• The relationship between the size and power return is highly non-linear. As an example, lets use the case of a very small, spherical drop. If you double the size of a the drop, you increase the reflected power return by a factor of 64. If you triple the size of the drop, you increase the reflected power return by a factor of 729. And so on. Of course, this problem is even more complicated when you consider that only the very smallest of drops are spherical.

  • Clouds and precipitation frequently consist of a variety of particle types. For example, rain and hail, rain and snow, and snow and ice pellet mixtures are all quite common. Depending on its size, shape, and ice density, each cloud and precipitation particle interacts with the radar’s energy in its own unique way.

  • At a distance of 60 km from the radar, the horizontal and vertical width of the beam of energy is almost 1 km. The wider the beam, the greater the likelihood of sampling a mixture of precipitation types, especially in the vertical considering that ice particles melt and change shape as they fall.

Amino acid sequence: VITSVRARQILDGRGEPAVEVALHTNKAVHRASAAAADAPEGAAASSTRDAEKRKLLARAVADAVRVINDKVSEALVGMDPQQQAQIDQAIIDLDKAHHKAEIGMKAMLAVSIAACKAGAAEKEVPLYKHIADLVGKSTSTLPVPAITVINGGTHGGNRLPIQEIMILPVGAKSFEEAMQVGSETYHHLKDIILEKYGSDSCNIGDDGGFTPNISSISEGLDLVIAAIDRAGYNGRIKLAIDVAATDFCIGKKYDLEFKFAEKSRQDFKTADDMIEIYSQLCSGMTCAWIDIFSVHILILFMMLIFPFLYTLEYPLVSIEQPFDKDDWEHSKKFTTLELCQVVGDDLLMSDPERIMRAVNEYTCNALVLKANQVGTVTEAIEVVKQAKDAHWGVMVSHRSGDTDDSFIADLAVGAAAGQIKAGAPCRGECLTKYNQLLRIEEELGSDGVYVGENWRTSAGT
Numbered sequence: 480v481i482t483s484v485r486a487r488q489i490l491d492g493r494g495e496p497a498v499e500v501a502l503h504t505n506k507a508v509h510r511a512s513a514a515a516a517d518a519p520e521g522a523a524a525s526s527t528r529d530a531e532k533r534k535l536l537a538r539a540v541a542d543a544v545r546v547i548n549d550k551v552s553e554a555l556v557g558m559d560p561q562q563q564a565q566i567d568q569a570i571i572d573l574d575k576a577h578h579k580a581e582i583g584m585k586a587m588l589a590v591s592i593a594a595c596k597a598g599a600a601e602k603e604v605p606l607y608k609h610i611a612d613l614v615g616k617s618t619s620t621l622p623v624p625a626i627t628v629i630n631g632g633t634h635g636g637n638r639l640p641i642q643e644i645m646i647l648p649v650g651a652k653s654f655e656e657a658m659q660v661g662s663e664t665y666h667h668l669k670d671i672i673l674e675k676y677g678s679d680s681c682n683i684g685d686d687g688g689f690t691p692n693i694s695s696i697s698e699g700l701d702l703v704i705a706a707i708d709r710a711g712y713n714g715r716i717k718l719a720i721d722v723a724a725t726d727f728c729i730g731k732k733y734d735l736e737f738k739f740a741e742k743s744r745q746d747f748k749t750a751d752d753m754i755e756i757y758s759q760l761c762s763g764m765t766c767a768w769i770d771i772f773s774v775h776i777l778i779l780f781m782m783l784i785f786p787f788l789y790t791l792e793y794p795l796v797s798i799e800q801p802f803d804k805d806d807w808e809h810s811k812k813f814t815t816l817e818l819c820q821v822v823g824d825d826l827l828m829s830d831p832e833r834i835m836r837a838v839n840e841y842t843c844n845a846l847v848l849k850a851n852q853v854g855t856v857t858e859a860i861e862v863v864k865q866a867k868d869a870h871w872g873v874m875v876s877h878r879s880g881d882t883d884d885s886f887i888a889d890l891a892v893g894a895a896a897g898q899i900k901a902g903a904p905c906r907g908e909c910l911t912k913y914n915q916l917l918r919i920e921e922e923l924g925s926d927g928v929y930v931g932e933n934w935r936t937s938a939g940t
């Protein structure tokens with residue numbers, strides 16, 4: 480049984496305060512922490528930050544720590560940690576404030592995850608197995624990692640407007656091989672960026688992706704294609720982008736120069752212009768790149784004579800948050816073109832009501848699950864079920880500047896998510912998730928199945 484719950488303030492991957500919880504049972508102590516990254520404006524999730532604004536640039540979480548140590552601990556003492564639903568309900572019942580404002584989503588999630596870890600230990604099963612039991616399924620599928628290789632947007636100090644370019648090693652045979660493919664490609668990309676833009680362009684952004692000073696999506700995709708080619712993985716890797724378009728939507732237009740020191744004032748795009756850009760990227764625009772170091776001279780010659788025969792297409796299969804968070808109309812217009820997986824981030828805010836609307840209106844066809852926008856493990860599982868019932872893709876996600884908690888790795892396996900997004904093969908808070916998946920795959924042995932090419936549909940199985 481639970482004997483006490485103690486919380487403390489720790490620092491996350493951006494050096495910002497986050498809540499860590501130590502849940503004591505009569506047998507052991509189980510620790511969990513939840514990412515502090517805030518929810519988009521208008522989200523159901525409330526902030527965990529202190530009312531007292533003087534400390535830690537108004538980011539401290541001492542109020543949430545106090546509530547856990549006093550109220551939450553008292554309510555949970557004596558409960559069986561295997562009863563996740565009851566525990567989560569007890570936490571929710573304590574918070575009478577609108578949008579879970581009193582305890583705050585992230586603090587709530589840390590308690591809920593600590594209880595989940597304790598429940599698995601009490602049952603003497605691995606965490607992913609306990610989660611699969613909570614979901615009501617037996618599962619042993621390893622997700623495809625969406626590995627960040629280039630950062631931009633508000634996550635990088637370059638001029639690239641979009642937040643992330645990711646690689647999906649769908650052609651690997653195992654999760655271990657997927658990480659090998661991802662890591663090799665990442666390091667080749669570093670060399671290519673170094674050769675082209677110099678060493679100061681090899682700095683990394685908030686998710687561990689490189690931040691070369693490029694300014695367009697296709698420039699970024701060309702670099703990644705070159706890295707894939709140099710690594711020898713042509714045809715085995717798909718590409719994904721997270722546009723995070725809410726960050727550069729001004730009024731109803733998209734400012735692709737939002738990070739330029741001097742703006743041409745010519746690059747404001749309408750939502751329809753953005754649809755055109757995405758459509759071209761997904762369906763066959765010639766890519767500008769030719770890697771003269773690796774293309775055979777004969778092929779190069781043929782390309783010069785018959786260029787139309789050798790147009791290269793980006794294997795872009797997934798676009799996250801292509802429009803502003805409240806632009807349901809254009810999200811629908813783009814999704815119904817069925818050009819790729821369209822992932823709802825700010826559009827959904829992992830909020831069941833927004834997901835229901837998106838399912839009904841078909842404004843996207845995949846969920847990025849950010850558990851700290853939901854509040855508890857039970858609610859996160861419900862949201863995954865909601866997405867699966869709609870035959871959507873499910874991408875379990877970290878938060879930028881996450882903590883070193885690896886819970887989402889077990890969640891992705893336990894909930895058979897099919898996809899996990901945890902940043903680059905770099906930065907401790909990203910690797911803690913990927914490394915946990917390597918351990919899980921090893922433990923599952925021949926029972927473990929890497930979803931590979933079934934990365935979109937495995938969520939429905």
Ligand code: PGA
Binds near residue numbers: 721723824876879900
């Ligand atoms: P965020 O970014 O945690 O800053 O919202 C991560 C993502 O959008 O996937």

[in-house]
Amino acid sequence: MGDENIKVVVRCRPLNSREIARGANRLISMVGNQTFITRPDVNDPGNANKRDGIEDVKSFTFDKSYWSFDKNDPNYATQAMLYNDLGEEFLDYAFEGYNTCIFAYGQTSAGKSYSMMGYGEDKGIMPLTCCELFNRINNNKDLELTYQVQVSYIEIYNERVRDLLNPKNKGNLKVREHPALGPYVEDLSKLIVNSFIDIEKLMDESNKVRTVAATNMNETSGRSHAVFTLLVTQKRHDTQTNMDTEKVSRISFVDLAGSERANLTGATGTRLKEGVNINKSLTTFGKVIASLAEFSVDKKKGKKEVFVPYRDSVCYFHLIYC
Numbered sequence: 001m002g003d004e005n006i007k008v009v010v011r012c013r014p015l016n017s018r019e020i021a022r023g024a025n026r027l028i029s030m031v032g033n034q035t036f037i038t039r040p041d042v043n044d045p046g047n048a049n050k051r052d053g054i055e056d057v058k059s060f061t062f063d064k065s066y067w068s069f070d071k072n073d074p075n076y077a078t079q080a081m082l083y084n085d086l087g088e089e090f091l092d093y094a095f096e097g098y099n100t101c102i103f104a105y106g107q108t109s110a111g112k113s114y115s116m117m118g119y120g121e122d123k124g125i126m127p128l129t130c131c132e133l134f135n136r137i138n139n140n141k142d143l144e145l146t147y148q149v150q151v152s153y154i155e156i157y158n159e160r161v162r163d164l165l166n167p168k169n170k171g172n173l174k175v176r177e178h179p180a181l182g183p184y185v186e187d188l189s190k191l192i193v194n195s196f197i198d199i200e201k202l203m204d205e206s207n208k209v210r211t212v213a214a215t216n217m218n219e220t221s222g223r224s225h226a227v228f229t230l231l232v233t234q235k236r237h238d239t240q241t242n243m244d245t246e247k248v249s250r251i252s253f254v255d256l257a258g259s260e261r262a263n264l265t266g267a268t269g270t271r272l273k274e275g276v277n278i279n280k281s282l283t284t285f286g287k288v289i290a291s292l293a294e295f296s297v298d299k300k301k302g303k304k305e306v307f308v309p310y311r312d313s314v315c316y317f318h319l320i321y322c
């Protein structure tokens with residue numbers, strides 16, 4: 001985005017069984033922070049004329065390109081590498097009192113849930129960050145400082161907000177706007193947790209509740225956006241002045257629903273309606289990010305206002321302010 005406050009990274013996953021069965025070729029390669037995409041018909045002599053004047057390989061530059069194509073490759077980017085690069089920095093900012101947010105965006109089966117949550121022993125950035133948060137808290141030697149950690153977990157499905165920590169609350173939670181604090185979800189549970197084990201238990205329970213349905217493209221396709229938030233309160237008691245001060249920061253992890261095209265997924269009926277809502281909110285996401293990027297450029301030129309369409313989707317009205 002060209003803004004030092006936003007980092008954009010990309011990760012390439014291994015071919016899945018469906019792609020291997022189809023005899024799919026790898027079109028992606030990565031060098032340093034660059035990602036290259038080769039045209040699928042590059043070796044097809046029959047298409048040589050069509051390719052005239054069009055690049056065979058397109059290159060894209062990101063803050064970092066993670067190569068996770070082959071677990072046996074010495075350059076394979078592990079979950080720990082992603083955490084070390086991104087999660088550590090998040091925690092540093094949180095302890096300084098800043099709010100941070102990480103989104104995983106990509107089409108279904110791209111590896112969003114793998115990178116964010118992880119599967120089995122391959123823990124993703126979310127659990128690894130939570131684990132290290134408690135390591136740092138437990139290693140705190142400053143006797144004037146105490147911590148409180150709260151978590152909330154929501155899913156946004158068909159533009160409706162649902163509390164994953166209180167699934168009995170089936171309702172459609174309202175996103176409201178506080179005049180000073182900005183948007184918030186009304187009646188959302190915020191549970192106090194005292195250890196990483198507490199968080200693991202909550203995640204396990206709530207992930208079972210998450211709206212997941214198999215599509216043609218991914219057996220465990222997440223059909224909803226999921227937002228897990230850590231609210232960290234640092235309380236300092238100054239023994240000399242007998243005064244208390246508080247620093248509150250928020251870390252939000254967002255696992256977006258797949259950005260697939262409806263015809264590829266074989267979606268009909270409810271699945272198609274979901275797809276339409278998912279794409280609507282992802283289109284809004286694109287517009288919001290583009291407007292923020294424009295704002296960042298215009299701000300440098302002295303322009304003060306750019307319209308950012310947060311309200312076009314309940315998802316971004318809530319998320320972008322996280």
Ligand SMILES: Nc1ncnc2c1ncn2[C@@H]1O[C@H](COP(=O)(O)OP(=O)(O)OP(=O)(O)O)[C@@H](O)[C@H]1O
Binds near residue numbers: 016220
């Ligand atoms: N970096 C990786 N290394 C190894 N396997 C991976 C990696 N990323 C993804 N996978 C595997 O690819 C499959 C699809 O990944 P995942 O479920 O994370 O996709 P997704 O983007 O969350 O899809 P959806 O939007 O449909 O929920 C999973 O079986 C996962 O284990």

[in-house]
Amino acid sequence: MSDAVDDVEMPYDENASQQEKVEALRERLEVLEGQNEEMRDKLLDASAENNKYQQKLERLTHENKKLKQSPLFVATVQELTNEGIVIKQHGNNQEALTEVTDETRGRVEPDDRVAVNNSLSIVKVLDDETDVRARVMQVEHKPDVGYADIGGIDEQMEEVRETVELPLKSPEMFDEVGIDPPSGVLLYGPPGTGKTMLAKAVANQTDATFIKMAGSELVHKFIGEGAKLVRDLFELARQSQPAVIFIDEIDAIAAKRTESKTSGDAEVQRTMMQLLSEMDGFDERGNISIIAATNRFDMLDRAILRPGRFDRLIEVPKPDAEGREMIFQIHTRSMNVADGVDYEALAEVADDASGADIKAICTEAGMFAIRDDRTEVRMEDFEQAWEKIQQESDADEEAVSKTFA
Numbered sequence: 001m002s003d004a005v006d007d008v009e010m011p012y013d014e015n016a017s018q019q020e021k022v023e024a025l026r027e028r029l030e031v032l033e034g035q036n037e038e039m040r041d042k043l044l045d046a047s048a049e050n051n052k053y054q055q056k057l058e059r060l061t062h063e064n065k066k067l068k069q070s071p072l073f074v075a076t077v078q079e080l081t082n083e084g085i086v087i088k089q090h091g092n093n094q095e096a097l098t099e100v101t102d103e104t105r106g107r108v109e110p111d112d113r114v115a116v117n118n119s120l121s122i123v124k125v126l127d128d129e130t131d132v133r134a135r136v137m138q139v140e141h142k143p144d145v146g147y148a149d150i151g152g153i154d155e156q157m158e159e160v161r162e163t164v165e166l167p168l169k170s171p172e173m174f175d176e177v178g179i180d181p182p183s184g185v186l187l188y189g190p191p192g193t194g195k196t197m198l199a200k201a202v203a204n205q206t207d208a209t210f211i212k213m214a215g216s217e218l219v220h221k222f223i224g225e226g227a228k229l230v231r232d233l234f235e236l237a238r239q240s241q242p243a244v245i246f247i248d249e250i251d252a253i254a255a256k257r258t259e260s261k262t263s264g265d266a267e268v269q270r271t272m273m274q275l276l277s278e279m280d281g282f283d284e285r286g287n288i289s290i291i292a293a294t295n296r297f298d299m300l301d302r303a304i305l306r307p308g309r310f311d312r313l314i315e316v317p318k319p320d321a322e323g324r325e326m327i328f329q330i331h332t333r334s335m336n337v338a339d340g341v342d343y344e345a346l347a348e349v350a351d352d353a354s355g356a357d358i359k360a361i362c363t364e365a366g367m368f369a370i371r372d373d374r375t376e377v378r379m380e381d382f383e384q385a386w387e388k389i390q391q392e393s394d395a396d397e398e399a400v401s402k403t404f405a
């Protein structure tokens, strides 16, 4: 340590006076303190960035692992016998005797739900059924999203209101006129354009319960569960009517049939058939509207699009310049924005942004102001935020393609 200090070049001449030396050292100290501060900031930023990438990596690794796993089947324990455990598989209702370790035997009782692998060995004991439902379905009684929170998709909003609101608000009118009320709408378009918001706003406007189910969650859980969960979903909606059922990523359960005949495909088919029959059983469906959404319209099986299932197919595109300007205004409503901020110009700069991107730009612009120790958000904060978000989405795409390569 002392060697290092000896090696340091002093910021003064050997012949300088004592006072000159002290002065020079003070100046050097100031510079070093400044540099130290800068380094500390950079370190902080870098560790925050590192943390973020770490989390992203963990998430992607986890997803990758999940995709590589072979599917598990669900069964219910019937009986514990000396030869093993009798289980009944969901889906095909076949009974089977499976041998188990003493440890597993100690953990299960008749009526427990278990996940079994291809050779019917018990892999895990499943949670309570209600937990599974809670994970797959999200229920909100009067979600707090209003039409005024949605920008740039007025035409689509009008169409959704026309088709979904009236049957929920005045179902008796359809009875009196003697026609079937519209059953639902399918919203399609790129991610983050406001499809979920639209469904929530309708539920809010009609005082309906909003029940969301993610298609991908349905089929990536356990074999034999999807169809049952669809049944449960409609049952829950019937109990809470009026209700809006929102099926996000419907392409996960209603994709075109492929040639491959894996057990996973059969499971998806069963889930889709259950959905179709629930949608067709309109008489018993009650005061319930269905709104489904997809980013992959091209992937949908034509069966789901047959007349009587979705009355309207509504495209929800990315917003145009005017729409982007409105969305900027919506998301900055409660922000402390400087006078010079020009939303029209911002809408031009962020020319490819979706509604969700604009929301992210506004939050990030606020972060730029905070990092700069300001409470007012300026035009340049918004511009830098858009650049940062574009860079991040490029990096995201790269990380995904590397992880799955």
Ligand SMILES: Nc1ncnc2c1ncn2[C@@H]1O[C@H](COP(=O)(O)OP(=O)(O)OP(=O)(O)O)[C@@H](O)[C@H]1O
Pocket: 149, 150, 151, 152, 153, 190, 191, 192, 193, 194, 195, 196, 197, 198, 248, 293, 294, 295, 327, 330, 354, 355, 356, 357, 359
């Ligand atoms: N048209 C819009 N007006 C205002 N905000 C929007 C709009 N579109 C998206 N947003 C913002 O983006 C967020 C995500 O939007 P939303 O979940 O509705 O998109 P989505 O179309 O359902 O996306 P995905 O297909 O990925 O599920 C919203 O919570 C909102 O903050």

• Natural obstacles (such as hills and trees) and man made obstacles (such as buildings and power poles) frequently block a portion of the radar beam, resulting in an artificially high power return.

Combined, these problems sometimes make radar precipitation estimation very difficult. Using a new pulse transmission scheme, polarimetric radars are designed to eliminate many of these problems.


What is meant by polarization?

Technically speaking, a radio wave is a series of oscillating electric and magnetic fields. Of course, you can’t actually see the oscillating electric and magnetic fields, but the radar can detect and interpret them just as your car radio can detect and interpret those transmitted at the slightly lower frequencies. If, however, we could see them, they would look something like the waves depicted below in Fig. 1.

Figure 1a: Example of the structure of a horizontally polarized radio wave. The electric field wave crest is oriented in the horizontal direction (blue in this figure). The magnetic field wave crest is oriented in the vertical direction (white in this figure).

Figure 1b: Example of the structure of a vertically polarized radio wave. The electric field wave crest is oriented in the vertical direction (red in this figure). The magnetic field wave crest is oriented in the horizontal direction (white in this figure).